PPP uses the APA reference style. All characters to appear in the journal article proper should be visible in the manuscript. Format your manuscript to fit either U.S. 8.5 x 11 inch paper, or UK A4 size paper. The entire manuscript should be double-spaced. Indent new paragraphs rather than putting extra line space between them, and differentiate major and minor headings. Use boldface for major headings and boldface italic for subheadings. Any illustrations, figures, or tables should be on separate sheets at the end of the manuscript but keyed in the text. All graphic material should be in black and white only - no color figures. Use American spellings. Footnotes are not permitted. Endnotes are permissible but should be kept to a minimum, preferably none but no more than 5-8. Endnotes and references should go at the end of the paper, doublespaced. An alphabetized reference list should follow the main text and be limited to 40 entries, except for review articles, which should be restricted to a maximum of 75 references. References for commentaries or responses to commentaries are restricted to 12 in number. The alphabetized reference list should be titled "References" and entries should follow the format described in the American Psychological Association Publication Manual (e.g., “APA reference style”). Assistance with APA reference formatting can be accessed online here:
Examples of the APA reference style format include:
Aristotle. (1984). Nicomachean ethics (W.D. Ross & J.O. Urmson, Trans.), in J. Barnes (Ed.) The complete works of Aristotle: The revised Oxford translation. (pp. 1729-1867). Oxford: Oxford University Press.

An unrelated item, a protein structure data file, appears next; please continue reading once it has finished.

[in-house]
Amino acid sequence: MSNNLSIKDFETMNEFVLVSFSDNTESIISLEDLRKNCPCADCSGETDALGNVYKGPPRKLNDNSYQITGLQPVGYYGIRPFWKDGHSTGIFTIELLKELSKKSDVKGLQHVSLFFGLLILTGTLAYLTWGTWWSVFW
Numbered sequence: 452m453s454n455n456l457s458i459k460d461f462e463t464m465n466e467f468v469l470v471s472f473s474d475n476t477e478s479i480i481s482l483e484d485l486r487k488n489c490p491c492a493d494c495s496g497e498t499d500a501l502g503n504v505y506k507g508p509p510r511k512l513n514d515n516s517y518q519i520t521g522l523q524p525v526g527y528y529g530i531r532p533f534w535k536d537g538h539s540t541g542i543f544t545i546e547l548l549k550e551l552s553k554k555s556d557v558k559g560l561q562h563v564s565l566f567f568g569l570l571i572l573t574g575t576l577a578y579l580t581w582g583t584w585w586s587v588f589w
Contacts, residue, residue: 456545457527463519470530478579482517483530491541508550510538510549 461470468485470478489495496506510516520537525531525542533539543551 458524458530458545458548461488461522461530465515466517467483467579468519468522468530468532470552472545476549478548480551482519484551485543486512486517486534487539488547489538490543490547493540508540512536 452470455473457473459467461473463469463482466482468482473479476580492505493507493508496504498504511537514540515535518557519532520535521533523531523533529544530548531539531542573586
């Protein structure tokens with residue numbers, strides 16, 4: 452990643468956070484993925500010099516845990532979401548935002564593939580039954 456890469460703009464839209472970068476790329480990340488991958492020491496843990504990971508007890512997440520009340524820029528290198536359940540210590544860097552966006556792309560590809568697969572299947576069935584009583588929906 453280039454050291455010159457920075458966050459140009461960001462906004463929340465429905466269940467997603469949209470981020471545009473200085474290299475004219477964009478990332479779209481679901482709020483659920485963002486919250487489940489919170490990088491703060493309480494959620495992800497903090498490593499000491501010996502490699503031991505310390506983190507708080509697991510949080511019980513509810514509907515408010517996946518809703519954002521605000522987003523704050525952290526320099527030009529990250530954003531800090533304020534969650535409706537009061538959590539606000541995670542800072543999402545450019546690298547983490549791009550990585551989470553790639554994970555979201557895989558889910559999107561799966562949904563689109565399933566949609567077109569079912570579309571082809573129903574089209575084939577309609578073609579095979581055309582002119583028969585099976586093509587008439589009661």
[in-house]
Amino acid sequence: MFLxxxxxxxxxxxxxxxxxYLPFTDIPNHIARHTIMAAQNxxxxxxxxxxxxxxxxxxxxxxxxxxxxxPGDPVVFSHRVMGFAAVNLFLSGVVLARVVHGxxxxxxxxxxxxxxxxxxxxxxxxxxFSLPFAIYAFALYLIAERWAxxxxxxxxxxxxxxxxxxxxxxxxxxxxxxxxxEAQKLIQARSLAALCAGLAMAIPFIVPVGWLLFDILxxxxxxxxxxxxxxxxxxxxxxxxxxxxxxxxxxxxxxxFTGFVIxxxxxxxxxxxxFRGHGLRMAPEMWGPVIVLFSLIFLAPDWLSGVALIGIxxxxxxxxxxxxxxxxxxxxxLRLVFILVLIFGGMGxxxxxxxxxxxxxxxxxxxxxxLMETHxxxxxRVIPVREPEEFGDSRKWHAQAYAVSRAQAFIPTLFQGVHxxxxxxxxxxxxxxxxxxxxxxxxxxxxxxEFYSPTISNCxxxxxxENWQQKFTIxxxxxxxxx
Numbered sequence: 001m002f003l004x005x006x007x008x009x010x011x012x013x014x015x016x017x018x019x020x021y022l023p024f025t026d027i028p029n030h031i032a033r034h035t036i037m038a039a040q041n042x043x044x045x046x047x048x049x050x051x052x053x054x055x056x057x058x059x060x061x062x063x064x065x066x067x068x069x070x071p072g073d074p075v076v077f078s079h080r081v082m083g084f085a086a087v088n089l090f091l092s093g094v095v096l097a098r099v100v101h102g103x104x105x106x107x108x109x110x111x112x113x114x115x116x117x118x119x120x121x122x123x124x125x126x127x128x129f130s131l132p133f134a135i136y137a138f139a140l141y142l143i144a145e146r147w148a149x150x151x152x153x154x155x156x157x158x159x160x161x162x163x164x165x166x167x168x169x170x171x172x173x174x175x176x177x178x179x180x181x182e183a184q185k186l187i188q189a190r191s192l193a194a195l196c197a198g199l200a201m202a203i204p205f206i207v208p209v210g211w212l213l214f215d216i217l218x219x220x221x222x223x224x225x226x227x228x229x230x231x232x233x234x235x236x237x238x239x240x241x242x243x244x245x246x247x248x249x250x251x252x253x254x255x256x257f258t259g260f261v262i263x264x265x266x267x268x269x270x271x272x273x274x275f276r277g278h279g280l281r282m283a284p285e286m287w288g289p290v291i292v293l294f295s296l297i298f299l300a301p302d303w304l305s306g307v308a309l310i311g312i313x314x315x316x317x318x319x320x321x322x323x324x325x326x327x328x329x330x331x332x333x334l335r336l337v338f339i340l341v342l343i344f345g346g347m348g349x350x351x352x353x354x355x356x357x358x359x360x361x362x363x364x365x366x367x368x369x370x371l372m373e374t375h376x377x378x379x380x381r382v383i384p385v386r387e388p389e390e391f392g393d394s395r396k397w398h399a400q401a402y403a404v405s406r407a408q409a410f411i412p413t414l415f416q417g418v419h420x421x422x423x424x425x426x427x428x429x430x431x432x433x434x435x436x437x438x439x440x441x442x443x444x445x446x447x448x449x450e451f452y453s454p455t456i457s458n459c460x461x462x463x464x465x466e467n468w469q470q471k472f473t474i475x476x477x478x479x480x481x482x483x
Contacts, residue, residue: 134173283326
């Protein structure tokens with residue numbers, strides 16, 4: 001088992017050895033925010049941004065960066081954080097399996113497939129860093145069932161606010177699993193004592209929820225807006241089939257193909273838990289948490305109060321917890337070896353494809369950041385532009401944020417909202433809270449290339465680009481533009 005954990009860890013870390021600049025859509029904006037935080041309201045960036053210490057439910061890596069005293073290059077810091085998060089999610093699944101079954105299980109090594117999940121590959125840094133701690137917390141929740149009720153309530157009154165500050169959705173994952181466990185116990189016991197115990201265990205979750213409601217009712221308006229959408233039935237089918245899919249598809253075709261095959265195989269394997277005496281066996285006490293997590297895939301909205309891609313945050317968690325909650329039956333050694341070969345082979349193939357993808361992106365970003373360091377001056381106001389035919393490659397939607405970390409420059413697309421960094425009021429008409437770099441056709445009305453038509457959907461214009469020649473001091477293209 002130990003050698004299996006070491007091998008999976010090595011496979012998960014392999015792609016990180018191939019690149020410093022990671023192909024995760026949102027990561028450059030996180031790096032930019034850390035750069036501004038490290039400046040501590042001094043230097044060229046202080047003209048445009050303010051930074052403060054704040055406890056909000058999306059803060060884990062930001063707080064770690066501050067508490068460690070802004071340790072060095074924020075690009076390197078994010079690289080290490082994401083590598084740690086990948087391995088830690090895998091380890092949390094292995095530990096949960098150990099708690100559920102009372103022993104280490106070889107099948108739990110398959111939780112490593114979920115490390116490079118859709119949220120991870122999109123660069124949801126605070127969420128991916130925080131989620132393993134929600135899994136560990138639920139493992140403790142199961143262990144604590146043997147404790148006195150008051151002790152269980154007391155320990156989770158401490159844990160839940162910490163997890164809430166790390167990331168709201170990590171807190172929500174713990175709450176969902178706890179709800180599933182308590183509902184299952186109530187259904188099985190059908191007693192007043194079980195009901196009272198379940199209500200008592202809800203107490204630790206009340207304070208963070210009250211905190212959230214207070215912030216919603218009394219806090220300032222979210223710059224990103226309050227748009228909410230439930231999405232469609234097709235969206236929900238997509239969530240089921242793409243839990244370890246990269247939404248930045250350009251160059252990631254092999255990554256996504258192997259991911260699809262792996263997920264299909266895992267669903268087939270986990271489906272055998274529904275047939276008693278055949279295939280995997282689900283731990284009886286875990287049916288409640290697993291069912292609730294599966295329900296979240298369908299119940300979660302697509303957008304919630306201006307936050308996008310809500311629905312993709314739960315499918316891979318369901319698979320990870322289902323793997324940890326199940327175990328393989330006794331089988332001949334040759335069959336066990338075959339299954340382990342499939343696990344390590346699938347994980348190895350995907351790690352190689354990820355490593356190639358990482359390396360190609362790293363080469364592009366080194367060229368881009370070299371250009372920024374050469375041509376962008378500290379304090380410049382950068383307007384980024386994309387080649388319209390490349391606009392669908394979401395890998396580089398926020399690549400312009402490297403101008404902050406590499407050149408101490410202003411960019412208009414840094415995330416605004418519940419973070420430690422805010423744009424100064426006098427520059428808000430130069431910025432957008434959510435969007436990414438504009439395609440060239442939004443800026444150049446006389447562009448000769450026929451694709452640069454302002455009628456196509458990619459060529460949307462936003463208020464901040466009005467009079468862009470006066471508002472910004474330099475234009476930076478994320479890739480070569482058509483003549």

Curran, H.C., D’Souza, D.C., Robbins, T.W., & Fletcher, P. (2009). Modelling psychosis. Psychopharmacology 206, 513-514. doi: 10.1007/s00213-009-1663-8
Daubert v. Merrell Dow Pharmaceuticals, Inc. 509 U.S. 579 (1993).
Jackson, M., & Fulford, K. W. M. (1997). Spiritual experience and psychopathology. Philosophy, Psychiatry, & Psychology 4, 87–89.
Koenig, H. G. (Ed). (1998). Handbook of religion and mental health. San Diego, CA: Academic Press.
Piaget, J. (1937/1954). The construction of reality in the child (M. Cook, Trans.). New York: Basic Books.
Sadler, J. Z. (2008). Vice and the diagnostic classification of mental disorders: a philosophical case conference.Philosophy, Psychiatry, & Psychology,15, 1-17.
Twycross, R. G. (1995). Where there is hope, there is life: A view from the hospice. In J. Keown (Ed.) Euthanasia examined (pp. 141-168.) Cambridge, UK: Cambridge University Press.
List all authors/editors (do not use et al.) up to 7. If your authors are more than seven, list the first 6 in order, followed by three periods, and then the name of the last author. Provide inclusive page numbers for both journal articles and book chapters. The author-date system of citation for references should be used in the text, followed by page number if a direct quotation is given, e.g., (Elliott 1992, p. 142). Direct quotations which are brief, 1 - 40 words, may be set off with quotation marks in the text. For more extensive block quotations (> 40 words), set the material off as a separate indented paragraph, followed by the author-date and page number citation information in parenthesis at the end of the quoted passage. If the same authors are cited with multiple publications in the same year, append the date with letters in the order of citation in the manuscript, e.g., Elliott 1992a, 1992b, followed by the same specification and order in the reference list. Note that names of journals or periodicals are not abbreviated and instead spelled out fully.